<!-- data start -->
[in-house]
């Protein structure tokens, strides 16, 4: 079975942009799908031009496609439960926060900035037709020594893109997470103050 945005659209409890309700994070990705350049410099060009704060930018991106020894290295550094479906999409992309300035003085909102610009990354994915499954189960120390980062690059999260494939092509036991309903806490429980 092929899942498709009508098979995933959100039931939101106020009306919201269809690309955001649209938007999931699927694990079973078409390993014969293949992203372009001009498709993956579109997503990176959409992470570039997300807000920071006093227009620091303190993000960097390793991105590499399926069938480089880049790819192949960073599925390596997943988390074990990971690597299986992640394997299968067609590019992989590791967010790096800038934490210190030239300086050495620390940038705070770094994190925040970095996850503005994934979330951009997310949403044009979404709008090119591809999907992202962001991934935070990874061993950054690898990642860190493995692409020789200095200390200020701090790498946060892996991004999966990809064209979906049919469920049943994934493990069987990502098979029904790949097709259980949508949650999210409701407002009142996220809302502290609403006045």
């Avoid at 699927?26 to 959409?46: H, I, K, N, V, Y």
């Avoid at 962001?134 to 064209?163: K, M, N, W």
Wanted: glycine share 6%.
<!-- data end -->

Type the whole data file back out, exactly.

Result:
[in-house]
């Protein structure tokens, strides 16, 4: 079975942009799908031009496609439960926060900035037709020594893109997470103050 945005659209409890309700994070990705350049410099060009704060930018991106020894290295550094479906999409992309300035003085909102610009990354994915499954189960120390980062690059999260494939092509036991309903806490429980 092929899942498709009508098979995933959100039931939101106020009306919201269809690309955001649209938007999931699927694990079973078409390993014969293949992203372009001009498709993956579109997503990176959409992470570039997300807000920071006093227009620091303190993000960097390793991105590499399926069938480089880049790819192949960073599925390596997943988390074990990971690597299986992640394997299968067609590019992989590791967010790096800038934490210190030239300086050495620390940038705070770094994190925040970095996850503005994934979330951009997310949403044009979404709008090119591809999907992202962001991934935070990874061993950054690898990642860190493995692409020789200095200390200020701090790498946060892996991004999966990809064209979906049919469920049943994934493990069987990502098979029904790949097709259980949508949650999210409701407002009142996220809302502290609403006045």
């Avoid at 699927?26 to 959409?46: H, I, K, N, V, Y």
């Avoid at 962001?134 to 064209?163: K, M, N, W």
Wanted: glycine share 6%.